Homemade Salted Butter Caramels

Chocolate Loaf Cake

This recipe makes my mouth water every time I see the picture on my Pinterest. It doesn’t help that it’s the cover photo for my dessert board.

Clementine Butter Cookies

I’m usually a fan of thick, chewy cookies, but these thin cookies look soft enough to melt in your mouth.

Salted Caramel Sauce

Natural ingredients, beautiful finished product.

Christmas Cookies to Gift

Raspberry Hand Pies (GF, V)

I would cry tears of pure joy if someone gave me buttery, homemade gluten-free hand pies. Huge hint.

Cookies to Eat Right Now

Christmas Cookies to Gift – healthy oatmeal chocolate chip cookies

My Standby ‘Healthy’ Oatmeal Cookies

Gingerbread Men (GF)

Sure, you could give these away. But why would you share them?

A photo posted by Angela Liddon (@ohsheglows) on

Jumbo Chocolate Chunk Cookies (GF, V)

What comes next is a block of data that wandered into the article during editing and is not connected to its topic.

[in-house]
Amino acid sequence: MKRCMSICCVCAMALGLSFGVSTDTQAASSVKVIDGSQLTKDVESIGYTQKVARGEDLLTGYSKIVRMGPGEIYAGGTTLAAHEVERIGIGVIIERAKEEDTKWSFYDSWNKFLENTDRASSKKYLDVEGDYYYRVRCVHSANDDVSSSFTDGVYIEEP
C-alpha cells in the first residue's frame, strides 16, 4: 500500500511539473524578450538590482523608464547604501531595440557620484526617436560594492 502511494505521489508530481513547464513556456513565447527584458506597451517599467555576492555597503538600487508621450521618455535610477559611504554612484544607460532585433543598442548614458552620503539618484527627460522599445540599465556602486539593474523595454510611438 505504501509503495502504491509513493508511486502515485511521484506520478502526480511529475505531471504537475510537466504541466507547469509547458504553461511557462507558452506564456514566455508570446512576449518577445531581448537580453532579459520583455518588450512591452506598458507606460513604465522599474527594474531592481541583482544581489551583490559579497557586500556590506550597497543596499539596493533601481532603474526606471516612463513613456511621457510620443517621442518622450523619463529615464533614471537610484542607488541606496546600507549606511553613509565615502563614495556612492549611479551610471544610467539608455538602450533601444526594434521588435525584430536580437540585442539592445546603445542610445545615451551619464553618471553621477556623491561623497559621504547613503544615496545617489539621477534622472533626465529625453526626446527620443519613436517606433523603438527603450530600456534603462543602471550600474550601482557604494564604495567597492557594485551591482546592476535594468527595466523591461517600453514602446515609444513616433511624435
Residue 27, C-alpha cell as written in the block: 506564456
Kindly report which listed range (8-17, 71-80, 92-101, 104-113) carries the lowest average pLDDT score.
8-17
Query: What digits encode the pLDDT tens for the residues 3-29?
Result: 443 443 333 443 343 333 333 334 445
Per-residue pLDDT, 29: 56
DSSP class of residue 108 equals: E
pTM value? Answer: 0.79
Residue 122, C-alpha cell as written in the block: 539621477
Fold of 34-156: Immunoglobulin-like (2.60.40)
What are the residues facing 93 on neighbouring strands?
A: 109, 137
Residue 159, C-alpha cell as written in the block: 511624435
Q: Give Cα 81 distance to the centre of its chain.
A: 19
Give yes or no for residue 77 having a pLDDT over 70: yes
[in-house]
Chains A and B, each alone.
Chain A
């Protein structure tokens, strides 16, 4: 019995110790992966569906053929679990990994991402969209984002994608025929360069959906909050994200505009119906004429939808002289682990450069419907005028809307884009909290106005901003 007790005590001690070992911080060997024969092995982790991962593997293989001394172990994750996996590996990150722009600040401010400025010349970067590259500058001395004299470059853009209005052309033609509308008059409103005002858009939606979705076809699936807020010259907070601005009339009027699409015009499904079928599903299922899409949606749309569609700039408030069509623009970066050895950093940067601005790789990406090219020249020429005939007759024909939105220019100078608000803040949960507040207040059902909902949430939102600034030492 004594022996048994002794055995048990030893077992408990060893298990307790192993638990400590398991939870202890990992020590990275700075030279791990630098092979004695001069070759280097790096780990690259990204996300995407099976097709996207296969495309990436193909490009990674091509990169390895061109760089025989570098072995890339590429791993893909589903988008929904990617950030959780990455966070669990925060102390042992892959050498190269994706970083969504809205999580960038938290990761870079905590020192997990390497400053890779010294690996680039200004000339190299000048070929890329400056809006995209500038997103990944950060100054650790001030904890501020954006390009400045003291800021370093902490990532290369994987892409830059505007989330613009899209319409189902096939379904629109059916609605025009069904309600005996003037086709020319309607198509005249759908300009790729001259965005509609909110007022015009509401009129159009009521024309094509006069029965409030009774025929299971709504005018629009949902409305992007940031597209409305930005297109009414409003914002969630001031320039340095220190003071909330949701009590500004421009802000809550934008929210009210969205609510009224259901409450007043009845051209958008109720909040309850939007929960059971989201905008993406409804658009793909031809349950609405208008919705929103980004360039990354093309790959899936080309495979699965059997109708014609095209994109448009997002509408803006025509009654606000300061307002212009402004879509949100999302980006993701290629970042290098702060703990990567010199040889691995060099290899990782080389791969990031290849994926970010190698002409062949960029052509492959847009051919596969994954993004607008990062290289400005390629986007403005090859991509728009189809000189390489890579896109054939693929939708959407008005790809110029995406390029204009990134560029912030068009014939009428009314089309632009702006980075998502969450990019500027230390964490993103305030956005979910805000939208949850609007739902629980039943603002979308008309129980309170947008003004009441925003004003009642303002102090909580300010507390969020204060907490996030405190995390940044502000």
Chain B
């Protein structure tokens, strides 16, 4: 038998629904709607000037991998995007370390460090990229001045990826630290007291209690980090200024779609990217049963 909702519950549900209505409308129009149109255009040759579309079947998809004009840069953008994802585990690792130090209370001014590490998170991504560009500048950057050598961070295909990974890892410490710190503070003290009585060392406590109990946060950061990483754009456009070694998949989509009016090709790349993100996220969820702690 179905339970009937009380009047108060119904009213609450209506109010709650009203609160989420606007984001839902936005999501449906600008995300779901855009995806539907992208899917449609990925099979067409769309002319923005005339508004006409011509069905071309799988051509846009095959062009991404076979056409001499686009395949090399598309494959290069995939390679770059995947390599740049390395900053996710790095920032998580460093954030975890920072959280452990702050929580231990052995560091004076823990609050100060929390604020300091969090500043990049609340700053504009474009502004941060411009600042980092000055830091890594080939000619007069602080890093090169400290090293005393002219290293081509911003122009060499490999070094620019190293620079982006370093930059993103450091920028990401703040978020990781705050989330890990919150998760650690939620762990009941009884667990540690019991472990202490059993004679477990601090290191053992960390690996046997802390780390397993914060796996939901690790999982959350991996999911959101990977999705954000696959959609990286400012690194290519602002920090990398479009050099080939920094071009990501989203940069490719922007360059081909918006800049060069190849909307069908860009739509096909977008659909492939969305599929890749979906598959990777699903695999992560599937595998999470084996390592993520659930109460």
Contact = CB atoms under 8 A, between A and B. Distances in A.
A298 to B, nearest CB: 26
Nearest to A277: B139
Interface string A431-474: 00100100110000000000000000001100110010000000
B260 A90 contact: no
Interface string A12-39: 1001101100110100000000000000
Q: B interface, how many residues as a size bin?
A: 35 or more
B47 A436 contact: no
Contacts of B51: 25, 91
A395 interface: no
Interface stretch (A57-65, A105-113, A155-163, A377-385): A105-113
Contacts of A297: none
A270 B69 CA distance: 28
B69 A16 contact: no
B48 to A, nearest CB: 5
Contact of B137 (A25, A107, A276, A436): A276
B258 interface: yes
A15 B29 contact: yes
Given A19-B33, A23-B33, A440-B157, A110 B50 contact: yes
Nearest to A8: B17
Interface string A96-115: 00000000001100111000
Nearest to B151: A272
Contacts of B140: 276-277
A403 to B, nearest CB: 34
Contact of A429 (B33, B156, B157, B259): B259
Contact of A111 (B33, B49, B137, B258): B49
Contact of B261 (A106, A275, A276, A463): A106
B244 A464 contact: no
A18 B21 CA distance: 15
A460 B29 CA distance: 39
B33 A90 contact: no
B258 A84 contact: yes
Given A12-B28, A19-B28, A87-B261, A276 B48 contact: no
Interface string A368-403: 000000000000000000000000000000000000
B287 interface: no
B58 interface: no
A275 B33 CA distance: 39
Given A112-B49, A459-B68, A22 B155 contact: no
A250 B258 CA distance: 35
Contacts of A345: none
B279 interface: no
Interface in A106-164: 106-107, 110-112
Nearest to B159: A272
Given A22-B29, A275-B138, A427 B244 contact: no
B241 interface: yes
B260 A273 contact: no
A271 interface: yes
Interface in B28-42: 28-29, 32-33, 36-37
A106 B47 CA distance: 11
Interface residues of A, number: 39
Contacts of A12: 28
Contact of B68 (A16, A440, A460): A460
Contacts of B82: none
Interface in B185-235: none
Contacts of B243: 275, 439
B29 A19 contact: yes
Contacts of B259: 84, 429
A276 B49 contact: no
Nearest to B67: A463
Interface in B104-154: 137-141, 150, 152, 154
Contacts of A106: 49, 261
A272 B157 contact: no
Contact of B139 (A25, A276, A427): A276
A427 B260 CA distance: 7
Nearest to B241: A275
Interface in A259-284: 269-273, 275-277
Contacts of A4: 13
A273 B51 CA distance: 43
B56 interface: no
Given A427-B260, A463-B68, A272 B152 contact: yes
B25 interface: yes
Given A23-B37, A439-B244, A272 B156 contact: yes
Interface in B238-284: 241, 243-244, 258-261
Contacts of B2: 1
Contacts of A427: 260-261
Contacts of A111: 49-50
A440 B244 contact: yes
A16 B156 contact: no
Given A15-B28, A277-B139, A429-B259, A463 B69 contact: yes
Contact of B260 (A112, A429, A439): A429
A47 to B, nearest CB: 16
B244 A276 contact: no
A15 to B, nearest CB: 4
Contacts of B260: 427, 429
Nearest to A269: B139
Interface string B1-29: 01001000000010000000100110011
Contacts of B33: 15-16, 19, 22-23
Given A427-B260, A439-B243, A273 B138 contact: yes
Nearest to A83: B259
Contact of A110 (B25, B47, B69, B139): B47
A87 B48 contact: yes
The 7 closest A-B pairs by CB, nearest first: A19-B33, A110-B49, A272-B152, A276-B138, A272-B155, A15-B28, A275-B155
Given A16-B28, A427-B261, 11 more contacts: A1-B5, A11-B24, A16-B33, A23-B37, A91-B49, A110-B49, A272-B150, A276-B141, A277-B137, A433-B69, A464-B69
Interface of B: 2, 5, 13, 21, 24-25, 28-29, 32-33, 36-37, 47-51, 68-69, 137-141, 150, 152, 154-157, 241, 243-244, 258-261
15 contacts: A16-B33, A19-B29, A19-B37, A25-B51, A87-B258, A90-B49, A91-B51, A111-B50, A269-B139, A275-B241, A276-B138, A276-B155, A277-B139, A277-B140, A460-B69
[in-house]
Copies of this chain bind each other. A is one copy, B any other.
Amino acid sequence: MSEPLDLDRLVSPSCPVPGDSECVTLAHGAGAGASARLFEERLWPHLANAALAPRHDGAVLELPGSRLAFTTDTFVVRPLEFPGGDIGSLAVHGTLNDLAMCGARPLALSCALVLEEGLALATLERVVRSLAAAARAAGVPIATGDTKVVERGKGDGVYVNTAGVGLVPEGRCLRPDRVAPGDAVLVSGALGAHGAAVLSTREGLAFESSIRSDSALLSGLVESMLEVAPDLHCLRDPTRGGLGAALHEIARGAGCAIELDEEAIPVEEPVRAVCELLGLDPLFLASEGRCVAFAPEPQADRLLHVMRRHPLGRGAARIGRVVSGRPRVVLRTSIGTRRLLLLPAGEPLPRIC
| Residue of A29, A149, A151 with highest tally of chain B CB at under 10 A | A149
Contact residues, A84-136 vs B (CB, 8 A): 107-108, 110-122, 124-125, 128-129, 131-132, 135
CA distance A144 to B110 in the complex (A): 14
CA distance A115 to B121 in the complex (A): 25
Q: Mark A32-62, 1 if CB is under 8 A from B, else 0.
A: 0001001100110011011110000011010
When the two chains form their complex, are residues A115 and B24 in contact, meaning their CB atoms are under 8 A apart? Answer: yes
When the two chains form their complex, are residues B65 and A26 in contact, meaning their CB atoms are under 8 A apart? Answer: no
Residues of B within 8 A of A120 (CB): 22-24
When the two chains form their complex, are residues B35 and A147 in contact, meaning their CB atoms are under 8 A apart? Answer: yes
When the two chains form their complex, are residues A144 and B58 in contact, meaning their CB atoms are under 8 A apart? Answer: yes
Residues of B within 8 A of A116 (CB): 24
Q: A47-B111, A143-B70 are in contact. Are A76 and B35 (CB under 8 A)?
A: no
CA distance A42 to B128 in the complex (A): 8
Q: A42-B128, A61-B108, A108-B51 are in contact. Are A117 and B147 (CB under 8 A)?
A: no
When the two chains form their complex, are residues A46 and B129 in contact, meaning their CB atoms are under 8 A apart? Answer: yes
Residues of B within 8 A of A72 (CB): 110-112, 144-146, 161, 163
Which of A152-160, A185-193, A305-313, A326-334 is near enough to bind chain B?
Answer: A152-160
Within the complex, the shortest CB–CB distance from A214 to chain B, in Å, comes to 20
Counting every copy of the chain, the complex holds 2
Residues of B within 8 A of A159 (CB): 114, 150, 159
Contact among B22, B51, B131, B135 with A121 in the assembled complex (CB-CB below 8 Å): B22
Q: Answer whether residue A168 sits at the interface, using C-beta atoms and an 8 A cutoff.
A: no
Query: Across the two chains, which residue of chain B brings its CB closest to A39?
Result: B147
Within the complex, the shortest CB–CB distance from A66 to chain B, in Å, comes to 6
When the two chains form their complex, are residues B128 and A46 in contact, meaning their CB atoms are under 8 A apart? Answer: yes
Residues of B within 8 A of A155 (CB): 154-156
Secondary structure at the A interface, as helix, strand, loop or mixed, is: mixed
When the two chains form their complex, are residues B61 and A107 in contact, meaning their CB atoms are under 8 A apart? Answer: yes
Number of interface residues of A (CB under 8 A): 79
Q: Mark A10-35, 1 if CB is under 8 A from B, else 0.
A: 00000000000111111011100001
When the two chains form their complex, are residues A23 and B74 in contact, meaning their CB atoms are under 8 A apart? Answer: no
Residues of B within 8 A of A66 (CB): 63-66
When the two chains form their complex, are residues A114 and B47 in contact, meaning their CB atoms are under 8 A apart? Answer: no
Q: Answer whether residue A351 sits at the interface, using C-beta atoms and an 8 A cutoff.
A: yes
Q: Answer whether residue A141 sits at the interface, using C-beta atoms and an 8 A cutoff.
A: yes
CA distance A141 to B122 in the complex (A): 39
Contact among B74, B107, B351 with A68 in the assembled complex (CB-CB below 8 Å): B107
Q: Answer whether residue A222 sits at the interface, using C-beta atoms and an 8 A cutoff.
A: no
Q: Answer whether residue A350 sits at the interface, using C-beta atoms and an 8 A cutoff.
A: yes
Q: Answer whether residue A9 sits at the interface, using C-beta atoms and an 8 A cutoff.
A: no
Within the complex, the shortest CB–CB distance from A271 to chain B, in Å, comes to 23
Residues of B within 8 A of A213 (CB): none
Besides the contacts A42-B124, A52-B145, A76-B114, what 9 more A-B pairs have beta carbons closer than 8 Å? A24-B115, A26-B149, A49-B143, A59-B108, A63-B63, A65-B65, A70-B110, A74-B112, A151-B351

You only have to dirty a single bowl.

Perfect Holiday Party Treats

These treats are the perfect thing to share.

Chocolate Molten Cakes in a Cupcake Pan (GF option)

I made these for a work holiday party last year and they were a huge hit. They worked out great with gluten-free flour.

Chocolate Sheet Cake (GF Option)

This recipe feeds a crowd and comes together FAST. I’m so happy to just pour on frosting and be done with it. Plus, just grab the entire sheet and go. You can decorate it like the cake above or make your own chocolate trees. I won’t tell if you just leave it plain too.

2-Ingredient Dark Chocolate Truffles (GF, V)

People go crazy for little bites. Especially if it’s something that is relatively healthy.

12 Must Have Vegetarian Fall Recipes

Fall has shaken me out of a bit of a food rut. It’s so easy to get stuck eating pasta a couple nights a week and a soup the rest. But fall doesn’t have to be boring. These vegetarian fall recipes are healthy, quick, and delicious. All of the recipes can easily be made gluten-free and/or vegan.